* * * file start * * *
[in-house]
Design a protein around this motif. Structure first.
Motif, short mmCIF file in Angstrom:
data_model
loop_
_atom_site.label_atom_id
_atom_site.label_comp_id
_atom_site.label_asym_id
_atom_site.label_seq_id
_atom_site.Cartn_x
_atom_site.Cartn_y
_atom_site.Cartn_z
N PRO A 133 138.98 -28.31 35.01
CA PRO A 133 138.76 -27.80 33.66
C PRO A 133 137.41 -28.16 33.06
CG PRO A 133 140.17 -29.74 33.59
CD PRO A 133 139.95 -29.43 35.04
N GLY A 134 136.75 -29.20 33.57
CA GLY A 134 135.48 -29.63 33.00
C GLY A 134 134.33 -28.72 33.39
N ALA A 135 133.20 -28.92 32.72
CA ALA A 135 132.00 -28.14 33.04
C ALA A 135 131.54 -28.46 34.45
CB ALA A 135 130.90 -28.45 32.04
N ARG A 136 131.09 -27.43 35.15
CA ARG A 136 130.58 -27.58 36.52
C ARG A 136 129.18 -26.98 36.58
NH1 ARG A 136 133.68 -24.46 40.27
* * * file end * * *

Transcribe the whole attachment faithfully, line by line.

[in-house]
Design a protein around this motif. Structure first.
Motif, short mmCIF file in Angstrom:
data_model
loop_
_atom_site.label_atom_id
_atom_site.label_comp_id
_atom_site.label_asym_id
_atom_site.label_seq_id
_atom_site.Cartn_x
_atom_site.Cartn_y
_atom_site.Cartn_z
N PRO A 133 138.98 -28.31 35.01
CA PRO A 133 138.76 -27.80 33.66
C PRO A 133 137.41 -28.16 33.06
CG PRO A 133 140.17 -29.74 33.59
CD PRO A 133 139.95 -29.43 35.04
N GLY A 134 136.75 -29.20 33.57
CA GLY A 134 135.48 -29.63 33.00
C GLY A 134 134.33 -28.72 33.39
N ALA A 135 133.20 -28.92 32.72
CA ALA A 135 132.00 -28.14 33.04
C ALA A 135 131.54 -28.46 34.45
CB ALA A 135 130.90 -28.45 32.04
N ARG A 136 131.09 -27.43 35.15
CA ARG A 136 130.58 -27.58 36.52
C ARG A 136 129.18 -26.98 36.58
NH1 ARG A 136 133.68 -24.46 40.27